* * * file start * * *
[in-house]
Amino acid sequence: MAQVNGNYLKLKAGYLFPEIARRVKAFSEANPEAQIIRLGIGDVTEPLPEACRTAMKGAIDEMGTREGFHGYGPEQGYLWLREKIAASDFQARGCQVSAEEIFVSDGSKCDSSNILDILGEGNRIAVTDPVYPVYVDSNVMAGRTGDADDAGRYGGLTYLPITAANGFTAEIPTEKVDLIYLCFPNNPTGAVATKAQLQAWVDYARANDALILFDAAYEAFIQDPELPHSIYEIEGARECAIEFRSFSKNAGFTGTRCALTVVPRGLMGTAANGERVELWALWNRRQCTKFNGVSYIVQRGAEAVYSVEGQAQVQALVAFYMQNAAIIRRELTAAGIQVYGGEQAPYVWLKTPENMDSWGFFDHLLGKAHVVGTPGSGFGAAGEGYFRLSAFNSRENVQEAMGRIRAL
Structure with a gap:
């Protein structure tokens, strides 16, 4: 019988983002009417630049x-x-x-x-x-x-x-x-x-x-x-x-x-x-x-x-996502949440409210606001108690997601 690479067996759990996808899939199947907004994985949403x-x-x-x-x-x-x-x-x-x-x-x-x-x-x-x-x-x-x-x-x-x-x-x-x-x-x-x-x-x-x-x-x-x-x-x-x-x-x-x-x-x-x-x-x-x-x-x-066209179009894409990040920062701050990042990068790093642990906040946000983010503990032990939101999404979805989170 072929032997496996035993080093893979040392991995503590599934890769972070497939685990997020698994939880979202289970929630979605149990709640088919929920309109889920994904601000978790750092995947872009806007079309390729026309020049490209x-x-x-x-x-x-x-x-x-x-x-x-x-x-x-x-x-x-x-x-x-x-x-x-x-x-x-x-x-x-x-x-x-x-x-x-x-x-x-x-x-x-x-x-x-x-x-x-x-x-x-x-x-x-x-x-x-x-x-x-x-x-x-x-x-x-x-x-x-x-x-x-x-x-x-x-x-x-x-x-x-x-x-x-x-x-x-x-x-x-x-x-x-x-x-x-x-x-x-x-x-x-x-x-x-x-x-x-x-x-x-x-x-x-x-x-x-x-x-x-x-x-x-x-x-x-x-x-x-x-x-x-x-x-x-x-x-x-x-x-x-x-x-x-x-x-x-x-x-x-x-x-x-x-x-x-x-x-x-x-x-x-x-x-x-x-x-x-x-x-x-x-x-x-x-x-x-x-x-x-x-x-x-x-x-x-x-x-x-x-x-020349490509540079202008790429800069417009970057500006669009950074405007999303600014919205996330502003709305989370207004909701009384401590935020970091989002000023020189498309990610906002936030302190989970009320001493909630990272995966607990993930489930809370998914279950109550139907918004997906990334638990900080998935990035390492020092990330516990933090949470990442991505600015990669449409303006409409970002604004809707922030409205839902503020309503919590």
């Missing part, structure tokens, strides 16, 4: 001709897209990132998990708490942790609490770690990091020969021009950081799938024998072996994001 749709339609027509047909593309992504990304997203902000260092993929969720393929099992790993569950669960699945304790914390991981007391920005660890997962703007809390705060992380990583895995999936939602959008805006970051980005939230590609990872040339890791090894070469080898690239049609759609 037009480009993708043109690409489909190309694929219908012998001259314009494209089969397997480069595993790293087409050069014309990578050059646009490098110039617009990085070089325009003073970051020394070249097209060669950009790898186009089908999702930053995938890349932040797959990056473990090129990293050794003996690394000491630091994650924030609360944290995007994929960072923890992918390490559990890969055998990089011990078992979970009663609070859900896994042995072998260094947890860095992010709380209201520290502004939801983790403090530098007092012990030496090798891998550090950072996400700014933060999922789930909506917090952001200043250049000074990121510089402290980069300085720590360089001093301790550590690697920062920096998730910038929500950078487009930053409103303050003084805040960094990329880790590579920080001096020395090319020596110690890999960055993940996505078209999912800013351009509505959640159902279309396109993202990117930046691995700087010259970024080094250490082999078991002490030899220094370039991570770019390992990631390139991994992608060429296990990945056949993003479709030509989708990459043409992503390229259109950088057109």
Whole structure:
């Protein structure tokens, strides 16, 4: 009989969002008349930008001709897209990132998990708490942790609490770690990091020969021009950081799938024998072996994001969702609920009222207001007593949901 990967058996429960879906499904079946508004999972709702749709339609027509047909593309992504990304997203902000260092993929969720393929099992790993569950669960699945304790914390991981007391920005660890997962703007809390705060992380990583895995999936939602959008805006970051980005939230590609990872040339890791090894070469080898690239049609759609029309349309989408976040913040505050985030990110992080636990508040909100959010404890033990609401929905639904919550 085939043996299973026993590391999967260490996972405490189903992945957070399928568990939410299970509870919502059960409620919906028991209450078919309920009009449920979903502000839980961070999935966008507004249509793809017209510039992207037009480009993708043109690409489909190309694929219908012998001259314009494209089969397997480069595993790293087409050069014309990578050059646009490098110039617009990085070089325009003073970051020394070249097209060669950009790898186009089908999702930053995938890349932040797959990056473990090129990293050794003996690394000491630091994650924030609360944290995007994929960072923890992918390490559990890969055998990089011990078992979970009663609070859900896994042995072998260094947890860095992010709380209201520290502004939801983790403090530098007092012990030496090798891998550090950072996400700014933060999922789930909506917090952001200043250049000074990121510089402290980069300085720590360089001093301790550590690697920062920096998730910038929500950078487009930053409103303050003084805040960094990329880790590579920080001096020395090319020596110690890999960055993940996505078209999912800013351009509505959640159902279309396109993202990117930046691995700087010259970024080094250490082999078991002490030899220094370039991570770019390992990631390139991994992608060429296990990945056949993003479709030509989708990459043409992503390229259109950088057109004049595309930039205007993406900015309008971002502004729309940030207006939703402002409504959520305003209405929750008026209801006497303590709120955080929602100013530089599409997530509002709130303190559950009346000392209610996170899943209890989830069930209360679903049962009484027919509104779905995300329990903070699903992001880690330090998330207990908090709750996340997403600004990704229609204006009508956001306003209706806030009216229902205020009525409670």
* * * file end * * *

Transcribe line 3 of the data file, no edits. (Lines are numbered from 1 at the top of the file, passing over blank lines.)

Structure with a gap: